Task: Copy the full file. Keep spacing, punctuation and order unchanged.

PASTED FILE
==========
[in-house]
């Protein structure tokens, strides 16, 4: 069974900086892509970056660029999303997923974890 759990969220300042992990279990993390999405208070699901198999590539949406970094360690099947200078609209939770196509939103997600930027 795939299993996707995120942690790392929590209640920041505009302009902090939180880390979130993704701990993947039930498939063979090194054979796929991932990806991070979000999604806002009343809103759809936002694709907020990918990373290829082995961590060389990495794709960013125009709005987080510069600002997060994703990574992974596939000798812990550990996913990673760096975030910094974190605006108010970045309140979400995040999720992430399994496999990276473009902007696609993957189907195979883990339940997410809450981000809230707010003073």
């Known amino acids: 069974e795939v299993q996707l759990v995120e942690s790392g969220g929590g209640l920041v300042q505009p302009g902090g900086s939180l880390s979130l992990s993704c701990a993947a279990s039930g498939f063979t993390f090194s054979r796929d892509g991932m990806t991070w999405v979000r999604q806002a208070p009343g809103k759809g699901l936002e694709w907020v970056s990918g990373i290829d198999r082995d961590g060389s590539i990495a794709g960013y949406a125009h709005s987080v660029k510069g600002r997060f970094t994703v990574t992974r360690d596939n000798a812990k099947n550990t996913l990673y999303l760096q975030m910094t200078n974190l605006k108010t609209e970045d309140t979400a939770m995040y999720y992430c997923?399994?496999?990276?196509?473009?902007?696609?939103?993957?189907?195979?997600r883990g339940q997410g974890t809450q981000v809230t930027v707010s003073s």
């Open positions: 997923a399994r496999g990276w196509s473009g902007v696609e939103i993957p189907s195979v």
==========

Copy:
[in-house]
């Protein structure tokens, strides 16, 4: 069974900086892509970056660029999303997923974890 759990969220300042992990279990993390999405208070699901198999590539949406970094360690099947200078609209939770196509939103997600930027 795939299993996707995120942690790392929590209640920041505009302009902090939180880390979130993704701990993947039930498939063979090194054979796929991932990806991070979000999604806002009343809103759809936002694709907020990918990373290829082995961590060389990495794709960013125009709005987080510069600002997060994703990574992974596939000798812990550990996913990673760096975030910094974190605006108010970045309140979400995040999720992430399994496999990276473009902007696609993957189907195979883990339940997410809450981000809230707010003073």
């Known amino acids: 069974e795939v299993q996707l759990v995120e942690s790392g969220g929590g209640l920041v300042q505009p302009g902090g900086s939180l880390s979130l992990s993704c701990a993947a279990s039930g498939f063979t993390f090194s054979r796929d892509g991932m990806t991070w999405v979000r999604q806002a208070p009343g809103k759809g699901l936002e694709w907020v970056s990918g990373i290829d198999r082995d961590g060389s590539i990495a794709g960013y949406a125009h709005s987080v660029k510069g600002r997060f970094t994703v990574t992974r360690d596939n000798a812990k099947n550990t996913l990673y999303l760096q975030m910094t200078n974190l605006k108010t609209e970045d309140t979400a939770m995040y999720y992430c997923?399994?496999?990276?196509?473009?902007?696609?939103?993957?189907?195979?997600r883990g339940q997410g974890t809450q981000v809230t930027v707010s003073s």
């Open positions: 997923a399994r496999g990276w196509s473009g902007v696609e939103i993957p189907s195979v």